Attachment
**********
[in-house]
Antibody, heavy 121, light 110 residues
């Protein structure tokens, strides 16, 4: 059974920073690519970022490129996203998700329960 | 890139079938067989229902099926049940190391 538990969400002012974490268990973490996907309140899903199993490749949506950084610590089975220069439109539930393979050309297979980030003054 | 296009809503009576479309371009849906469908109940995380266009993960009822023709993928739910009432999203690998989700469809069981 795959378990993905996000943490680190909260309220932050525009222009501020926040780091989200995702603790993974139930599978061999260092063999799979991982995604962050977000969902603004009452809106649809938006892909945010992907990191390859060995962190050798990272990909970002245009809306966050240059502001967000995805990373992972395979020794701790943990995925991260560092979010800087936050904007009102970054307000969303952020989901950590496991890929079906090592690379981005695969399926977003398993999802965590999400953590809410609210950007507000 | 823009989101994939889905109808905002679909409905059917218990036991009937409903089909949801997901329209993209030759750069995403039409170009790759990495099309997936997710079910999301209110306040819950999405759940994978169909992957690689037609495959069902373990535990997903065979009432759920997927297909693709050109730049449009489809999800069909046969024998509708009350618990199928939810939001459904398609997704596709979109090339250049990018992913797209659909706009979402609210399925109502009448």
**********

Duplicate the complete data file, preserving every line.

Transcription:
[in-house]
Antibody, heavy 121, light 110 residues
């Protein structure tokens, strides 16, 4: 059974920073690519970022490129996203998700329960 | 890139079938067989229902099926049940190391 538990969400002012974490268990973490996907309140899903199993490749949506950084610590089975220069439109539930393979050309297979980030003054 | 296009809503009576479309371009849906469908109940995380266009993960009822023709993928739910009432999203690998989700469809069981 795959378990993905996000943490680190909260309220932050525009222009501020926040780091989200995702603790993974139930599978061999260092063999799979991982995604962050977000969902603004009452809106649809938006892909945010992907990191390859060995962190050798990272990909970002245009809306966050240059502001967000995805990373992972395979020794701790943990995925991260560092979010800087936050904007009102970054307000969303952020989901950590496991890929079906090592690379981005695969399926977003398993999802965590999400953590809410609210950007507000 | 823009989101994939889905109808905002679909409905059917218990036991009937409903089909949801997901329209993209030759750069995403039409170009790759990495099309997936997710079910999301209110306040819950999405759940994978169909992957690689037609495959069902373990535990997903065979009432759920997927297909693709050109730049449009489809999800069909046969024998509708009350618990199928939810939001459904398609997704596709979109090339250049990018992913797209659909706009979402609210399925109502009448």